With nearly an 120 percent increase in prevalence from 2000 to 2010, autism is currently the fastest-growing developmental disorder in the United States. According to Autism Speaks, it currently affects 1 in 68 children, costing families $60,000 annually on average. With autism now becoming an issue that impacts such a wide variety of people, efforts to improve the lives of those struggling with it are growing rapidly, such as those born out of the Honors Cohort program.
The Business Administration Honors Cohort program consists of a group of 30 students in their final two years of their undergraduate degree taking courses together to challenge themselves academically and develop themselves as professionals and leaders. Amidst a variety of different tools to push these students, Ty Shepfer, director of the program and senior lecturer in Fisher, has implemented a project which underscores the importance of service-based work.
“Historically, in the program, you had to volunteer 30 hours throughout the course of the year,” Shepfer says. “It was kind of a ‘check the box’ exercise. You could do whatever you want; a lot of people did it through their fraternity or sorority, or things they were already doing. What I wanted to do was create a service experience that would help build the cohort community while doing good in our local or global community.”
Consequently, he created the Cohort Impact Challenge, in which students have to “develop and execute a form of service.” As third years, they work in groups of seven to eight students to develop ideas and proposals, ending with the realization of their service project. Although the projects often run the course of their junior year, some projects have managed to live on. Empower Sports at Ohio State is just one example of sustained impact.
“We started with this ambiguous task—we wanted to somehow make an impact in the community and that was really our only goal,” says Sarah Everhart, the current president of Empower Sports. “When you have a group of seven or eight students with different interests and passions, it is difficult to find something in common that you can really make a huge impact on. We found that we all loved being physically active and sports, and we all wanted to help children in some way. So those were two things that we all had in common.”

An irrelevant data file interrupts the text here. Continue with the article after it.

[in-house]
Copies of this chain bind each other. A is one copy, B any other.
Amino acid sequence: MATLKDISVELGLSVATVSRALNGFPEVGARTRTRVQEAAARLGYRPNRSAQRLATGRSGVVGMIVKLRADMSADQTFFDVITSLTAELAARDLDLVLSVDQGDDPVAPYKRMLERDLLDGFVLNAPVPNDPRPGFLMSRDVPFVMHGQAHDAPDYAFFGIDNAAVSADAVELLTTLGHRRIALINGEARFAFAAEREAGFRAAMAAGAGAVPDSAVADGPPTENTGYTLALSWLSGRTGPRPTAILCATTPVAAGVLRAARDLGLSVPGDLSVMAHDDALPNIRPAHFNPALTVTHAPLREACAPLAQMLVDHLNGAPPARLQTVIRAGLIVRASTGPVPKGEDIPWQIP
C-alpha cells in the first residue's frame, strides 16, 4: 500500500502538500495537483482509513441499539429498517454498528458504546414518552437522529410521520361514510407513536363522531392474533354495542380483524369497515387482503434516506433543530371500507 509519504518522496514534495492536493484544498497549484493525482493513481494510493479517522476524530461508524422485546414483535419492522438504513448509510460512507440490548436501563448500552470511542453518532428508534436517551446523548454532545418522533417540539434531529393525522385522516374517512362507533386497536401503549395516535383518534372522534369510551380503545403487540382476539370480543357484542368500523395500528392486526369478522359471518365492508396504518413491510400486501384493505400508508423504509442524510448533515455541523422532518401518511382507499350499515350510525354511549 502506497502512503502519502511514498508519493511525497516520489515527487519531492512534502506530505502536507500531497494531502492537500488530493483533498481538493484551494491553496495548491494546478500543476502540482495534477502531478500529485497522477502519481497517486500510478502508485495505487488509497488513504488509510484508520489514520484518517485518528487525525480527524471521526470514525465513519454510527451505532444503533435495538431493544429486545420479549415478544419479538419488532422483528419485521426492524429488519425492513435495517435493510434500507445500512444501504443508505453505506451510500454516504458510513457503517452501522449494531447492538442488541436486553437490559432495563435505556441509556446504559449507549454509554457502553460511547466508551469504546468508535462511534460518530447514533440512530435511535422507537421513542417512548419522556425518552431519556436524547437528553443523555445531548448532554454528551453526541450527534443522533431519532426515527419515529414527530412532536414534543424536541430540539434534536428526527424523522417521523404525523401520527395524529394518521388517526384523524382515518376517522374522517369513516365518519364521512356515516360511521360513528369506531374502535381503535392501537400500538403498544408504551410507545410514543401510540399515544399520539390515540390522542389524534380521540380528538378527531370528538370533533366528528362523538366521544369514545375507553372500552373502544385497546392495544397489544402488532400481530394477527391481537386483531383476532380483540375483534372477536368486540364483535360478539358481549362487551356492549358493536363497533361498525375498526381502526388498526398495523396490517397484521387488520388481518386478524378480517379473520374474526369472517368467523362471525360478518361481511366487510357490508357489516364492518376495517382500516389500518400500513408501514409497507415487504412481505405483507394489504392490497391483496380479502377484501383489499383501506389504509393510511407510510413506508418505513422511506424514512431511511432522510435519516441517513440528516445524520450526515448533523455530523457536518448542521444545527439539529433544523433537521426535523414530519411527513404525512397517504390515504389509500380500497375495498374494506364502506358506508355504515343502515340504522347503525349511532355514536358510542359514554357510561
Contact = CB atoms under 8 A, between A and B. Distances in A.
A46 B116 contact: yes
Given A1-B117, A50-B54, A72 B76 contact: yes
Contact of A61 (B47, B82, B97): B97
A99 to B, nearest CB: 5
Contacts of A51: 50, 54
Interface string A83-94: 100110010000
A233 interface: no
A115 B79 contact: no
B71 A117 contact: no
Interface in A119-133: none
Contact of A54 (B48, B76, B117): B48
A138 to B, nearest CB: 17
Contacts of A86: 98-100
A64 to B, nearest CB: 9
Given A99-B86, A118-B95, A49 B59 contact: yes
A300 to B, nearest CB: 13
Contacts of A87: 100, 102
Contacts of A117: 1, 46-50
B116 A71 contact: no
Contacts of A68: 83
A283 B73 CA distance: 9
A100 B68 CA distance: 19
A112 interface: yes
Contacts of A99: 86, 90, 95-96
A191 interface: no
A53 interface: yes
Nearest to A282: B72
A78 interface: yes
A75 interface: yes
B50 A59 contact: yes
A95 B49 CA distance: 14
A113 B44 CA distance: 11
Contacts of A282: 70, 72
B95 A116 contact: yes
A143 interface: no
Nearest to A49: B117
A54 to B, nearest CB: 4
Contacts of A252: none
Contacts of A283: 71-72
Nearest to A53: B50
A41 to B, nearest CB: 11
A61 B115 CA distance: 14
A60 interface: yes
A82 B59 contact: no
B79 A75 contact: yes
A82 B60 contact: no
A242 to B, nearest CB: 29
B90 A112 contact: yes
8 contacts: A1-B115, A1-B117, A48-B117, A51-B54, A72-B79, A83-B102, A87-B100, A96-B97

Empower Sports is a non-profit organization based in Cleveland which provides sports and fitness activities to children with special needs. After Max Bentlage, a current senior in the Honors Cohort program, spent time volunteering for the organization, he suggested the group extend the work Empower conducts by bringing its curriculum to Columbus.
The group found that children with autism struggle with limited patience, acute insecurity and a shorter attention span—all factors which make it difficult for them to participate in sports. This, compounded by the fact that 19 percent of children who are autistic struggle with obesity, inspired the group to organize a five-week sports league for them during the past spring semester. Each week of the program, students spent one to two hours practicing a different sport with the children, running through a variety of drills and exercises to test out different interests.
“We want them to be able to communicate with kids that are just like them, and also have the integration of children with special needs and those that are fully functioning,” Everhart says. “We want to not only help those with special needs and develop their skill set, but also develop the skillset of those who may not be affected by any of these things—to build that empathy.”